Last week I had the pleasure of joining 42,000 runners pounding the streets of London for the Marathon. Having been an active runner all my life, running marathons all over the world, the experience and noise of London is completely unique. Nowhere else in the world is the crowd so powerful in driving and motivating the runners to the finish line.
Rather fittingly, this week’s blog is all about communication and how you can sell your message to those that you need to engage. Getting others to support me in the Marathon was easy, all I did was put my name of the t-shirt and listen to the shouts of support. But for internal engagement in a business around energy efficiency, you’ll need to find the ‘WIIFM’ factor – or ‘What’s in it for me?’
When you’re trying to engage staff to save energy, it can sometimes feel like an uphill struggle. The first step is to recognise that there’s a difference between making people aware of energy usage and getting them to change how they use energy. Unfortunately, many people confuse these two things.
Energy awareness campaigns focus on communicating educational messages to people about the results of their actions. The messages tend to be of the “Turn off the lights” or “Turn off your computer” variety. They can be effective where people aren’t aware of what energy is used by which items, but they’re not informative about sustainability and they are not empowering. This type of message has been so pervasive that there can’t be anyone out there who doesn’t know that filling the kettle for one cup of tea is wasteful. The knowledge is there; the challenge is to get people to act on that knowledge.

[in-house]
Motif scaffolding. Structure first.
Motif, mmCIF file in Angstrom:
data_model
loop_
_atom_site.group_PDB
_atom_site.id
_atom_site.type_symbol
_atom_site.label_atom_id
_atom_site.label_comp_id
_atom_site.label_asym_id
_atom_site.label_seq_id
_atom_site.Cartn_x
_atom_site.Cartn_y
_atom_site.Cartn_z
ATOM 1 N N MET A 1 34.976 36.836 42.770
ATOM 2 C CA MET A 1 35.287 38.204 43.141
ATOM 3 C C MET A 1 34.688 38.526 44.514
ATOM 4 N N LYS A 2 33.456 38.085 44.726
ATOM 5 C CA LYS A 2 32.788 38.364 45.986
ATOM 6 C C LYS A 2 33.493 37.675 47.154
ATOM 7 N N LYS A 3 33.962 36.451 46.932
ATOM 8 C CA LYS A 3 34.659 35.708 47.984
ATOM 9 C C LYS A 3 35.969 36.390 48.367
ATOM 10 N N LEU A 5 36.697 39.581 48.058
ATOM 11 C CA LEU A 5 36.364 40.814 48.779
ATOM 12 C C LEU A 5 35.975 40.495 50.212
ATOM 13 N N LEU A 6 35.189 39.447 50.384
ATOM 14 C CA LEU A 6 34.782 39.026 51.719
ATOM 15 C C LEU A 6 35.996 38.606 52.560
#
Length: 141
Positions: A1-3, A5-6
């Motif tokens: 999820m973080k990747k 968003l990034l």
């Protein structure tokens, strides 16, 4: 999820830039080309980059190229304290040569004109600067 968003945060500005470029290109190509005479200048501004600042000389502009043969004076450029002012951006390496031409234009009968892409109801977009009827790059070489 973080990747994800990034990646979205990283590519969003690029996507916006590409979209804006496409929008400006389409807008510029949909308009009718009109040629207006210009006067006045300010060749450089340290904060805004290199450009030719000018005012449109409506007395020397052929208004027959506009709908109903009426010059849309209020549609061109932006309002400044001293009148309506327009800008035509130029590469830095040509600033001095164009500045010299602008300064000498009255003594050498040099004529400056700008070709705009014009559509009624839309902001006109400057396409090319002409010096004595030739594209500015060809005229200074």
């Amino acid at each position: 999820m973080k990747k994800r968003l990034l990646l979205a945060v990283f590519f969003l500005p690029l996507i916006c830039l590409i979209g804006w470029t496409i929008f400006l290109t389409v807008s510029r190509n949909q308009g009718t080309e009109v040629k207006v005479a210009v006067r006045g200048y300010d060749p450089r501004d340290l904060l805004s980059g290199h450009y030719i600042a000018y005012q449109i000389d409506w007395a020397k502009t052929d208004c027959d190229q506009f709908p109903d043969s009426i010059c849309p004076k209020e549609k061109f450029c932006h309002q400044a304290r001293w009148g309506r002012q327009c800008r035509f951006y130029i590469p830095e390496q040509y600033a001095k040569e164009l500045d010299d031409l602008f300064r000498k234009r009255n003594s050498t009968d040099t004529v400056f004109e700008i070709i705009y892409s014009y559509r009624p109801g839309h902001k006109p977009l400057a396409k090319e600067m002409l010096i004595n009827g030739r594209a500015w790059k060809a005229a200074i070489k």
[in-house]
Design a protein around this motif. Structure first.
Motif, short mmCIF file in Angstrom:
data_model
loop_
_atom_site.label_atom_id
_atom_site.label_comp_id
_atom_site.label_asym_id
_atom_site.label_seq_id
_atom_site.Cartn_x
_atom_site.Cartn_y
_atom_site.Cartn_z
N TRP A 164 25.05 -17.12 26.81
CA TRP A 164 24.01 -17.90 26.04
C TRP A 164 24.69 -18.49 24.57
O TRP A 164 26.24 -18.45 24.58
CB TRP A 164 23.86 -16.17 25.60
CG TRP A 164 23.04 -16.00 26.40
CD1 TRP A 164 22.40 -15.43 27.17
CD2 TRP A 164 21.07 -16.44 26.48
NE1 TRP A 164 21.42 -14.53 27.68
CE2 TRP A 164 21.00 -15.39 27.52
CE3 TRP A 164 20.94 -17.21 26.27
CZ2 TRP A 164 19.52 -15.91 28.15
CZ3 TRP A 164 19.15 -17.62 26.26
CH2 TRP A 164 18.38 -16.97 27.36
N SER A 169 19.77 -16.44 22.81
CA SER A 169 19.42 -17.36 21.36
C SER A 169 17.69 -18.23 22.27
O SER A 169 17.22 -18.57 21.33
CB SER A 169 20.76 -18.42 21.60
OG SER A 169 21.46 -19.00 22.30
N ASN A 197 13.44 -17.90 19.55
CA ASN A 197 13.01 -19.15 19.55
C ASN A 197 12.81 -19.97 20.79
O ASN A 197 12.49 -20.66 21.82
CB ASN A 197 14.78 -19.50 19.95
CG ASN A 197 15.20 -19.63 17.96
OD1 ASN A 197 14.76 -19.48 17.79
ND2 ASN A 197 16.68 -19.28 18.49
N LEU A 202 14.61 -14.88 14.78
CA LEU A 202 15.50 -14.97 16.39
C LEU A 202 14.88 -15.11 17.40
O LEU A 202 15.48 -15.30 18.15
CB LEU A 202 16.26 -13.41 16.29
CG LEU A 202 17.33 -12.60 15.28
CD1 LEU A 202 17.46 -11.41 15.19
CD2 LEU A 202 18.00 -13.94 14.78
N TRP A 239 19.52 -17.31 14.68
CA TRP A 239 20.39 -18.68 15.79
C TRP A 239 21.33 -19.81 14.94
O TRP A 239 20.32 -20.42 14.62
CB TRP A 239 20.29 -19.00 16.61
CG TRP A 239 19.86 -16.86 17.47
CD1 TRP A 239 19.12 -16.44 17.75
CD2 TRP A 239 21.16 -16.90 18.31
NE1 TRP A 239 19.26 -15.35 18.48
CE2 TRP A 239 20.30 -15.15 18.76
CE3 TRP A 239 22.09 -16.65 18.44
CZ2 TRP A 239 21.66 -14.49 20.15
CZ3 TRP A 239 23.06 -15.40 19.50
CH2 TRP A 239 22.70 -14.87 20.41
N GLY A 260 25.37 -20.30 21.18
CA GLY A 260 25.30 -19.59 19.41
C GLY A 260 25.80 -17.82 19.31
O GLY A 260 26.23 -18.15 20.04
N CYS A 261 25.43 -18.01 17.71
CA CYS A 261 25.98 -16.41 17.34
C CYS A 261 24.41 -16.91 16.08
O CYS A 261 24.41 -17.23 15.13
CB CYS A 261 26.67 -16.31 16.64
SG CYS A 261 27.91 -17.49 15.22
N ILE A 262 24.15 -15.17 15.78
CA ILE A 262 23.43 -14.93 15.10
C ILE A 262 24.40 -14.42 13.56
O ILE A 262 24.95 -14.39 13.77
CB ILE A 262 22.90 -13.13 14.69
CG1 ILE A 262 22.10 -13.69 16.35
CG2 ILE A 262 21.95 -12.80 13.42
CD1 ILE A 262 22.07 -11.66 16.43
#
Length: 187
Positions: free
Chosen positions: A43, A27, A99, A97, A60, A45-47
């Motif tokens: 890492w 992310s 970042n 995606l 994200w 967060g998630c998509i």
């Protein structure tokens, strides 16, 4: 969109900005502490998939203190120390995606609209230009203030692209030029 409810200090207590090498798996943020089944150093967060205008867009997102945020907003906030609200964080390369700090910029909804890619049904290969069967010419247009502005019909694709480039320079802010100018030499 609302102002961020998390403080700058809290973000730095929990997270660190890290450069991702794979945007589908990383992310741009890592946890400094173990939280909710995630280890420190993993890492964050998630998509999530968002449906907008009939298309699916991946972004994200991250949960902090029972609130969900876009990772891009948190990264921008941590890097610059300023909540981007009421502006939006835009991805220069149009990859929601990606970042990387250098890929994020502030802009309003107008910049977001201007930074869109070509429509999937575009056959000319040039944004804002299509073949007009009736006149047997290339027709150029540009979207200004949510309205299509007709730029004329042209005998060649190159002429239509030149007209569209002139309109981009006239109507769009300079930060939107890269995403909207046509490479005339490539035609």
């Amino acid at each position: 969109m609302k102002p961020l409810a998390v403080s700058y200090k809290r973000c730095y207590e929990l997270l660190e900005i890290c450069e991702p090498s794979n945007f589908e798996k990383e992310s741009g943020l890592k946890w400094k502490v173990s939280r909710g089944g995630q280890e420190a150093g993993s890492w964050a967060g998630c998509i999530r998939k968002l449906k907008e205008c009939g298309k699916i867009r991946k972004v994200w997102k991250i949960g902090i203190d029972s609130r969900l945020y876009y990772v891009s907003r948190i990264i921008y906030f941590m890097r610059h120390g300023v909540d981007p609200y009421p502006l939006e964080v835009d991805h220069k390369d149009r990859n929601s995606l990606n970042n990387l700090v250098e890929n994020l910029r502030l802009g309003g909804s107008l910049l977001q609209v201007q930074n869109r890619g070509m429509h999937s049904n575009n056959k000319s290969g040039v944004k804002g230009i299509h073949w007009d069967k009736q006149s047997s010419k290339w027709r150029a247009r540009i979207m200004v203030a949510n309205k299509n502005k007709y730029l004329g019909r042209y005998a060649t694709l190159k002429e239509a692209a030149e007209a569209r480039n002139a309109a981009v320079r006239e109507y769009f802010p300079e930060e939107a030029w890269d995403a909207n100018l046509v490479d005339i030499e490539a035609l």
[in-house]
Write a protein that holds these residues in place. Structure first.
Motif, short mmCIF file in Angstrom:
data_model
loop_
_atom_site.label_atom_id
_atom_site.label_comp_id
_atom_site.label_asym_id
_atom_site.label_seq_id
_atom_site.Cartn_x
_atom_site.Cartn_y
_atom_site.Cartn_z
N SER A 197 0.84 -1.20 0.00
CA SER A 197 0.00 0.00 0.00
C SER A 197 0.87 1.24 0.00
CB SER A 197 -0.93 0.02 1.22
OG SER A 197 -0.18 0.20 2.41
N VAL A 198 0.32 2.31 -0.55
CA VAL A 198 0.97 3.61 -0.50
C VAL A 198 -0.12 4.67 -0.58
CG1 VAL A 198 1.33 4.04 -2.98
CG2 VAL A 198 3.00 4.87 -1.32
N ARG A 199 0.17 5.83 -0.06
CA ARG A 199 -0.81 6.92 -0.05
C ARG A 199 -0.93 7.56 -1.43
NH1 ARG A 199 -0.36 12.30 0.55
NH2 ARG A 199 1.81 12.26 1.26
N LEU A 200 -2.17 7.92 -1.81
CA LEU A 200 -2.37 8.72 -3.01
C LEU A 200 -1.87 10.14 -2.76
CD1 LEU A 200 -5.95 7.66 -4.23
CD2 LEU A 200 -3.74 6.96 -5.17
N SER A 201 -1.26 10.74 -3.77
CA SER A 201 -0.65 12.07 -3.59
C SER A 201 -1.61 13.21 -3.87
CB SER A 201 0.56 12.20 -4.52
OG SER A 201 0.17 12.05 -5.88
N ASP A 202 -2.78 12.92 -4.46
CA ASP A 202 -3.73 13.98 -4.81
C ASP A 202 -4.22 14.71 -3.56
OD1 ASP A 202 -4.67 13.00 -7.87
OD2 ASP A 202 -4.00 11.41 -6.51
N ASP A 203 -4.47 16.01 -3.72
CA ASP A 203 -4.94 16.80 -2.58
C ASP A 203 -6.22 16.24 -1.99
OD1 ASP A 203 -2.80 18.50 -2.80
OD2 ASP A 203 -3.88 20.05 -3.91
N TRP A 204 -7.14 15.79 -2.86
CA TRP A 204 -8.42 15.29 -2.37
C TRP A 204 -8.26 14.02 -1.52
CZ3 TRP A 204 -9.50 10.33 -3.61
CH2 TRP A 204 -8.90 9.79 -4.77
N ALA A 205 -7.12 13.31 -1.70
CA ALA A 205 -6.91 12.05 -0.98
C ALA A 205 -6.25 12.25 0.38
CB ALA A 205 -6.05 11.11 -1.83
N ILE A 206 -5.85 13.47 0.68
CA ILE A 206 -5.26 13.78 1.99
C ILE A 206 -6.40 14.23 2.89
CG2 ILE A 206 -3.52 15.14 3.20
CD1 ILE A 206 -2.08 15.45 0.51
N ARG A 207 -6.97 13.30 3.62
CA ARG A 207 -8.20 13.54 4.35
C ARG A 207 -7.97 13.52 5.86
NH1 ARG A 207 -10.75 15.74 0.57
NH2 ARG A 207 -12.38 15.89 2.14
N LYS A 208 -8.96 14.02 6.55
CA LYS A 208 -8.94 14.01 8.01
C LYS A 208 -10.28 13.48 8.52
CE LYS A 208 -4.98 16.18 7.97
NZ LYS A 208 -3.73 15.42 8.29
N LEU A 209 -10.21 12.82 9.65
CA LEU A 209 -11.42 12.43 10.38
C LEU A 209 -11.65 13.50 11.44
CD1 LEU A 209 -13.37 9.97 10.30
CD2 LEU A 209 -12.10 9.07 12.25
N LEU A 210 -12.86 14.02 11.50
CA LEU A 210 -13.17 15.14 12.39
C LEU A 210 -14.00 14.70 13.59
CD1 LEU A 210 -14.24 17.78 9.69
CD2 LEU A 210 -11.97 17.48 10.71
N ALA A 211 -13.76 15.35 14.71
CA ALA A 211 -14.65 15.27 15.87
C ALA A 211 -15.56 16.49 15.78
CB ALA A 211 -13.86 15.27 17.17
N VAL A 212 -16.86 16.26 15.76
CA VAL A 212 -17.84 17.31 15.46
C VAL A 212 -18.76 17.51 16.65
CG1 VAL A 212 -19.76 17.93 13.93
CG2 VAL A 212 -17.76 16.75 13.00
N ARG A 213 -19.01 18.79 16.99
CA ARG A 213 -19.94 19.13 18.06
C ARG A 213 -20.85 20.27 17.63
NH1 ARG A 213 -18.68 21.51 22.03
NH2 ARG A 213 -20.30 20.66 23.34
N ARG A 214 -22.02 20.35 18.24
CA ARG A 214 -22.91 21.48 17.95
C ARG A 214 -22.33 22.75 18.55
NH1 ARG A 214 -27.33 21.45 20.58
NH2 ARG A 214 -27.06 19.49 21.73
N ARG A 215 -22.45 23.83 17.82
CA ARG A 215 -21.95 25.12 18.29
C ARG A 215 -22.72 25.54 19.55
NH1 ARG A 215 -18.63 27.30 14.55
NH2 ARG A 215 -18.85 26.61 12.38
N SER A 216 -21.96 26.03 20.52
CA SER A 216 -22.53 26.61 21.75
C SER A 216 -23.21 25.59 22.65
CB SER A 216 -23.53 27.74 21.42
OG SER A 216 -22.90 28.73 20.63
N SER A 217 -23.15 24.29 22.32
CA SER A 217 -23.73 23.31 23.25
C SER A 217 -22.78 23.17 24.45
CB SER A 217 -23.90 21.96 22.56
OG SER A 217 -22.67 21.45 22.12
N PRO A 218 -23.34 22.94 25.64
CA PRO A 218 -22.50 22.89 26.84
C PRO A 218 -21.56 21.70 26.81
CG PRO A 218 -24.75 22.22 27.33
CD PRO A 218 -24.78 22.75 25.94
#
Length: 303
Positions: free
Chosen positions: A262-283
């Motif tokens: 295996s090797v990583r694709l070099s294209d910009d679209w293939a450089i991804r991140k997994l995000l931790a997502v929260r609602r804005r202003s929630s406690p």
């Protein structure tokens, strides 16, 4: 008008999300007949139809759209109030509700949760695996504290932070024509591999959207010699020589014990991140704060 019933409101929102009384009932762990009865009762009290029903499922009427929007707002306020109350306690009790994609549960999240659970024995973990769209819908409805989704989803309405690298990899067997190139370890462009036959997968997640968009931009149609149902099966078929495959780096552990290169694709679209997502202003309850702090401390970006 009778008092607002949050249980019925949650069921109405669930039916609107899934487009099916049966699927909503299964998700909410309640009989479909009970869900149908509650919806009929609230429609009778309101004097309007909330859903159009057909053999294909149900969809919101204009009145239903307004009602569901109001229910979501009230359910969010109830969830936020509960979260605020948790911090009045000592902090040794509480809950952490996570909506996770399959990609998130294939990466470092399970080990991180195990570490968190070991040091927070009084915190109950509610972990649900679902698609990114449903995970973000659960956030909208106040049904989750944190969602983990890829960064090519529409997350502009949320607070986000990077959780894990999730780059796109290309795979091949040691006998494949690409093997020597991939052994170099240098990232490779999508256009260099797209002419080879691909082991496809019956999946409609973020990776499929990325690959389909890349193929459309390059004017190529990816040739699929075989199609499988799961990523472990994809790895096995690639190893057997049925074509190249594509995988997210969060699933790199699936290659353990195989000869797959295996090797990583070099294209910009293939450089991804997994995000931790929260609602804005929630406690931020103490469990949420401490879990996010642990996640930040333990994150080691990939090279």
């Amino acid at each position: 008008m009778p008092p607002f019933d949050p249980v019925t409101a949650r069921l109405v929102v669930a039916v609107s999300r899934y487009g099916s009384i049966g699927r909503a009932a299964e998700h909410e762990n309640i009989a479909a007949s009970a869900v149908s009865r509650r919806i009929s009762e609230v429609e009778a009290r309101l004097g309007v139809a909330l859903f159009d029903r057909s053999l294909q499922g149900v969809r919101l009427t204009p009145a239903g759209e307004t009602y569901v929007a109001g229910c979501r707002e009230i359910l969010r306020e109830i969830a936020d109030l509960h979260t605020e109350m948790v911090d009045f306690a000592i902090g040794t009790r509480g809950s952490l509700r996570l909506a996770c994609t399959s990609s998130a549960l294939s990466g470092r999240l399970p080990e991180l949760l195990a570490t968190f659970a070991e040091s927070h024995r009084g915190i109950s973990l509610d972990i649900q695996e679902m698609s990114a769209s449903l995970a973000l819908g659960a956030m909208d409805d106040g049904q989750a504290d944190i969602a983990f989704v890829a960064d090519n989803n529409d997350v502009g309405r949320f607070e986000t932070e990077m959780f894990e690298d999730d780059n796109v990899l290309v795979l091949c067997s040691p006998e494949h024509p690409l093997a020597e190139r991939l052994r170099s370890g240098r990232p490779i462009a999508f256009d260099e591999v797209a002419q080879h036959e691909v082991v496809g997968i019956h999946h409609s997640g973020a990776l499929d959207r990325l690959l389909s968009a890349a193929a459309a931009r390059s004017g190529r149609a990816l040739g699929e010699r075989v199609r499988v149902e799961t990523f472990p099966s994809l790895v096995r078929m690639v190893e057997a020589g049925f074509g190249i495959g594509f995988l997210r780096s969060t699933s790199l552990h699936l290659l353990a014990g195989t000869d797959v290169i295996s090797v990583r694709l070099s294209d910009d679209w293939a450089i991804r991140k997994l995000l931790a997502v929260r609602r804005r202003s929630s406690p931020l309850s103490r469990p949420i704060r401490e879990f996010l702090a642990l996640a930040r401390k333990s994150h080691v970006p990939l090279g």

Behavioural change is all about staff empowerment; encouraging people to be engaged in energy saving as a common goal. Behavioural change is about taking what is new now and making it normal – and taking what is unique now and making it standard practice. Crucially behaviour change has to communicate the benefit of making the change, so people can see ‘What’s in it for me?’
We all have everyday routines that we perform habitually, that were originally sold to us as being beneficial in some way – from cleaning our teeth to avoiding tooth and gum disease to locking our doors and windows to prevent burglaries. We didn’t need posters in our bathrooms or by our front doors to get us to perform these actions. We understood the benefits and just did them.
Make the benefits clear
For me in the London Marathon, the benefit was obvious, make it to the end and raise money for charity. But to win at staff engagement, you need to sell the benefits of performing the actions you seek. The trick is to find what matters to different members of staff and link the benefits to that.